We Are All Completely Beside Ourselves

9780399162091_p0_v3_s260x420If you take Barbara Kingsolver’s advice in her New York Times review of Karen Joy Fowler’s We Are All Completely Beside Ourselves,  as I did   – “avoiding everything written about it…”  including Kingsolver’s review –  you will enjoy the surprise that Fowler conceals until almost 100 pages into the story.  No spoilers here but you might consider stopping right here so you won’t risk it.

Rosemary Cooke, narrates the tale of her family. Her father is a respected university psychologist with a crew of graduate students to help with his research in animal behavior.  She starts her story “in the middle” and jumps back and forth from her college days at the University of California Davis to her childhood with her brother, Lowell, who becomes a fugitive from the FBI before graduating from high school, and her sister, Fern, who suffers a terrible fate when she is only five years old, that changes everything for everyone.

Fowler includes some comic moments with a puppet modeled after Madame Defarge (Madame Guillotine), but the serious notes predominate, with frequent references to scientific study and political upheaval – at times overwhelming the story with detailed erudite citations and shocking brutal treatment of animals.  In addition to her obvious agenda for animal rights, Fowler slowly unravels family lives that are irrevocably sidetracked.  When the surprise is revealed, the consequences of family interaction seem unique to their situation, but by the end Fowler has connected the story to all families who suffer the distractions of sibling rivalry as well as family loyalty.  And, she may challenge your perception of what is normal human behavior.

It’s no surprise that the New York Times asked Kingsolver to write the review; We Are All Completely Beside Ourselves has faint notes of Flight Behavior – a book with a message and characters who will stay with you.

The Hand That First Held Mine – Maggie O’Farrell

How far back can you remember? Most memories of being very young depend on stories told by parents – sometimes embellished, but usually dependable sources of personal history.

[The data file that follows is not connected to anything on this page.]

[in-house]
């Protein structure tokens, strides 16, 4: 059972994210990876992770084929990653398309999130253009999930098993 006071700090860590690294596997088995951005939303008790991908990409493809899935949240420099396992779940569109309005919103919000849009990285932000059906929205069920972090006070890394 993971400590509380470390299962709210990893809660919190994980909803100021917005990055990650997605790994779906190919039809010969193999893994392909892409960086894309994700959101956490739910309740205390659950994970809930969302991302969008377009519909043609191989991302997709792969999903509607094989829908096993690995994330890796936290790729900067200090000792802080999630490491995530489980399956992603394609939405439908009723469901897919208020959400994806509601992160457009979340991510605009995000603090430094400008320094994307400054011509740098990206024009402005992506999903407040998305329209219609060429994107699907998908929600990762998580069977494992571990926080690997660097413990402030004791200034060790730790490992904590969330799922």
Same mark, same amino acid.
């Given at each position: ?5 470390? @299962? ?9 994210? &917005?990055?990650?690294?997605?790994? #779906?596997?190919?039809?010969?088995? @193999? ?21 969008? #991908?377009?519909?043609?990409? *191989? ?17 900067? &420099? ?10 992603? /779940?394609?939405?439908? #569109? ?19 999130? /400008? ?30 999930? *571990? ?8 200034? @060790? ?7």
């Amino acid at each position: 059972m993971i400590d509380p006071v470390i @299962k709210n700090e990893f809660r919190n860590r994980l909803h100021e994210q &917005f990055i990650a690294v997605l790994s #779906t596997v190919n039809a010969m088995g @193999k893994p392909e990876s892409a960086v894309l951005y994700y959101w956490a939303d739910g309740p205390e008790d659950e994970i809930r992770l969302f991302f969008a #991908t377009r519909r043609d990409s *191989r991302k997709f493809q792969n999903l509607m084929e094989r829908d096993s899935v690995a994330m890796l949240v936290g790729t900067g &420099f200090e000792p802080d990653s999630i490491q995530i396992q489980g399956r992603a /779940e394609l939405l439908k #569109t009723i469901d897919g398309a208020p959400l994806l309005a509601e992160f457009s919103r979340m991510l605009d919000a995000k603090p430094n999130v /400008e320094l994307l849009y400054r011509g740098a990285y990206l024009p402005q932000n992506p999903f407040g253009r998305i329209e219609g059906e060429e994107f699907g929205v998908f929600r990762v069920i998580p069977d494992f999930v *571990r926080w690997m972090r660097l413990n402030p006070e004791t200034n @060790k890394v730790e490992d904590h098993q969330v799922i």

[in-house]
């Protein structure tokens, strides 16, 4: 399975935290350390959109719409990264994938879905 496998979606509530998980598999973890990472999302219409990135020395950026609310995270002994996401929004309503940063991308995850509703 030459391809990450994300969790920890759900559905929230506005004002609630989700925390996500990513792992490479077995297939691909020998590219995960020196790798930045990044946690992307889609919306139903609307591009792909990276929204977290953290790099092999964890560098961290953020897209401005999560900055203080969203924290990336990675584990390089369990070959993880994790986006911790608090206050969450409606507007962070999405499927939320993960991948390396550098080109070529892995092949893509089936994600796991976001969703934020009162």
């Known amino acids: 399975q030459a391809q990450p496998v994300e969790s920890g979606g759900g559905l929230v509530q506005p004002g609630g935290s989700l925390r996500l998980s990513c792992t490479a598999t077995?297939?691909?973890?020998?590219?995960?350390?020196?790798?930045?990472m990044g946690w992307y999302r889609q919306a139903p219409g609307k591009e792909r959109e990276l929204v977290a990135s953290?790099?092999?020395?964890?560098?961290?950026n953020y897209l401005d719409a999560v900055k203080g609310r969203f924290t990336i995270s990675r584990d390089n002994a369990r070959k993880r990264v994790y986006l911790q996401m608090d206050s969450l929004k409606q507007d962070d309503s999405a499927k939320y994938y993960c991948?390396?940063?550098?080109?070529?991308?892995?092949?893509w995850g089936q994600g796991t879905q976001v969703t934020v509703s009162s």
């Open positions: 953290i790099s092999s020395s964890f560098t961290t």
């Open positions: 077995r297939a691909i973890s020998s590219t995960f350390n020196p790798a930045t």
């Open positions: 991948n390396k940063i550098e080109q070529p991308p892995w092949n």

Maggie O’Farrell newest novel, The Hand That First Held Mine, offers a bumpy ride through the memory of generations. As you flip back and forth between the lives of new parents, Elina and Ted, to the saga of Lexie and Innes and later Felix, you may guess the connection before Part Two, yet you will be unsure enough to wonder and keep going.

Lexie’s life is the heart of the novel – where it begins and ends. She escapes the English countryside as a young girl to an unconventional life in London, moves in with a married man, starts a career as a writer, and later has a child.

In what seems a parallel universe, but many years later, Elina, an unmarried talented artist, struggles through the physical and mental pains of raising her own son, with Ted – who seems to be experiencing his own brand of postpartum depression. O’Farrell’s vivid description of the insecurity and mundane that parents experience with a new baby will have you feeling as tired and mad as the characters.

O’Farrell’s writing is like a screenplay script with the director’s notes to the actors built-in. She gives every detail of the scene and includes the character’s thought and thought-process at the same time. At times, you will feel you are there in the room with Elina or Lexie; other times, you will want to just skip over the tedium and get to the plot.

If you miss Innes’s blue felt suit or Lexie’s wrists, O’Farrell will bring them back to you again – the costumes and scenery add authenticity but are not relevant. It is the character’s inner thoughts that carry the clues to the storyline.

The mystery unravels too slowly, at times, and the back and forth constraints can be irritating and confusing. Yet, O’Farrell teases with hints that there is more – Ted’s flashbacks, the foreshadowing of Lexie’s life ending, provocative lines – “…the truth is often overrated.” Even if you don’t attend to the clues, you will still see how it all fits in the end.

The plot takes the characters through unexpected turns of betrayal, ambition, and perseverance, that slowly gets to a satisfying ending.

I found O’Farrell with The Vanishing Act of Esme Lennox. In that much tighter and shorter story, O’Farrell also made a statement about betrayal. A woman is hidden away supposedly for her own good – more likely for the convenience of family. The story reminded me of Emily Mann’s play, Mrs. Packard, based on a real story of a 19th century woman who is sent to an asylum for disagreeing with her husband. Esme Lennox is fictional and not as politically charged , but her resurrection is as jarring as that of Mrs. Packard. If you have not read it yet, do.

Add Maggie O’Farrell to your list of authors who can tell a good story.